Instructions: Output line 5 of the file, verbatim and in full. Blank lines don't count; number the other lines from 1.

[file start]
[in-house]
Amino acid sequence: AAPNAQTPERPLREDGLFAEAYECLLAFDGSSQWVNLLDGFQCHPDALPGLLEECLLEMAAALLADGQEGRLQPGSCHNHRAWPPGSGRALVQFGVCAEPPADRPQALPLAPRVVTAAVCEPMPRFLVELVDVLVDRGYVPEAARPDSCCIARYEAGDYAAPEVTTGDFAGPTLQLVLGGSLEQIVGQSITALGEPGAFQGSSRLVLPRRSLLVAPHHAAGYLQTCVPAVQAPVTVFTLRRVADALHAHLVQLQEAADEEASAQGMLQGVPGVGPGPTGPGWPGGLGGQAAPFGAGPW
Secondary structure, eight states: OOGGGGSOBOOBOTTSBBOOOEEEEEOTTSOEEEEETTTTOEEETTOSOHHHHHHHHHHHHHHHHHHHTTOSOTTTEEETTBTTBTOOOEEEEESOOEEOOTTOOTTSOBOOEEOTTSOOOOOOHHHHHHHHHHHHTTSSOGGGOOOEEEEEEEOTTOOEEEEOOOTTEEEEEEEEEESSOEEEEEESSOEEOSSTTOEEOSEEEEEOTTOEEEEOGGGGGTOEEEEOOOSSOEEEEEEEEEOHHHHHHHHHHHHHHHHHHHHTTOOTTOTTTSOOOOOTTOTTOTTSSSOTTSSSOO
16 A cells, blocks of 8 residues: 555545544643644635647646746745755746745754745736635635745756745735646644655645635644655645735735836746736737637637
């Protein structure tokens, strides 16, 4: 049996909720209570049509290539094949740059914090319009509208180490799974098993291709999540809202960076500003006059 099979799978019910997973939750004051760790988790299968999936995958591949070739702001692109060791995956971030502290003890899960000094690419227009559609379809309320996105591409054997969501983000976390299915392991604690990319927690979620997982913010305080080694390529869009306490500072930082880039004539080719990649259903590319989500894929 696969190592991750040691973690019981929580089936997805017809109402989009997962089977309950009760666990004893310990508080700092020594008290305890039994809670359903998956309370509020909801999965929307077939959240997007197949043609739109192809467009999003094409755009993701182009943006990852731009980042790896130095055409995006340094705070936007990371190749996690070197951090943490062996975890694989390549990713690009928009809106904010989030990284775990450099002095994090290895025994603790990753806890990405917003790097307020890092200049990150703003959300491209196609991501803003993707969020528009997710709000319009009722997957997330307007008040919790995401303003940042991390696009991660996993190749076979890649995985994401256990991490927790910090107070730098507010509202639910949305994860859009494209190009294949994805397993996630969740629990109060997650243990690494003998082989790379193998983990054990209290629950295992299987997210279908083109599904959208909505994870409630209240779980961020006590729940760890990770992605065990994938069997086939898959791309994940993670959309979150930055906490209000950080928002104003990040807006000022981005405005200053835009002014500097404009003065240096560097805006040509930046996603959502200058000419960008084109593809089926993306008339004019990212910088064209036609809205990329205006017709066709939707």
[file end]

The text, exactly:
């Protein structure tokens, strides 16, 4: 049996909720209570049509290539094949740059914090319009509208180490799974098993291709999540809202960076500003006059 099979799978019910997973939750004051760790988790299968999936995958591949070739702001692109060791995956971030502290003890899960000094690419227009559609379809309320996105591409054997969501983000976390299915392991604690990319927690979620997982913010305080080694390529869009306490500072930082880039004539080719990649259903590319989500894929 696969190592991750040691973690019981929580089936997805017809109402989009997962089977309950009760666990004893310990508080700092020594008290305890039994809670359903998956309370509020909801999965929307077939959240997007197949043609739109192809467009999003094409755009993701182009943006990852731009980042790896130095055409995006340094705070936007990371190749996690070197951090943490062996975890694989390549990713690009928009809106904010989030990284775990450099002095994090290895025994603790990753806890990405917003790097307020890092200049990150703003959300491209196609991501803003993707969020528009997710709000319009009722997957997330307007008040919790995401303003940042991390696009991660996993190749076979890649995985994401256990991490927790910090107070730098507010509202639910949305994860859009494209190009294949994805397993996630969740629990109060997650243990690494003998082989790379193998983990054990209290629950295992299987997210279908083109599904959208909505994870409630209240779980961020006590729940760890990770992605065990994938069997086939898959791309994940993670959309979150930055906490209000950080928002104003990040807006000022981005405005200053835009002014500097404009003065240096560097805006040509930046996603959502200058000419960008084109593809089926993306008339004019990212910088064209036609809205990329205006017709066709939707």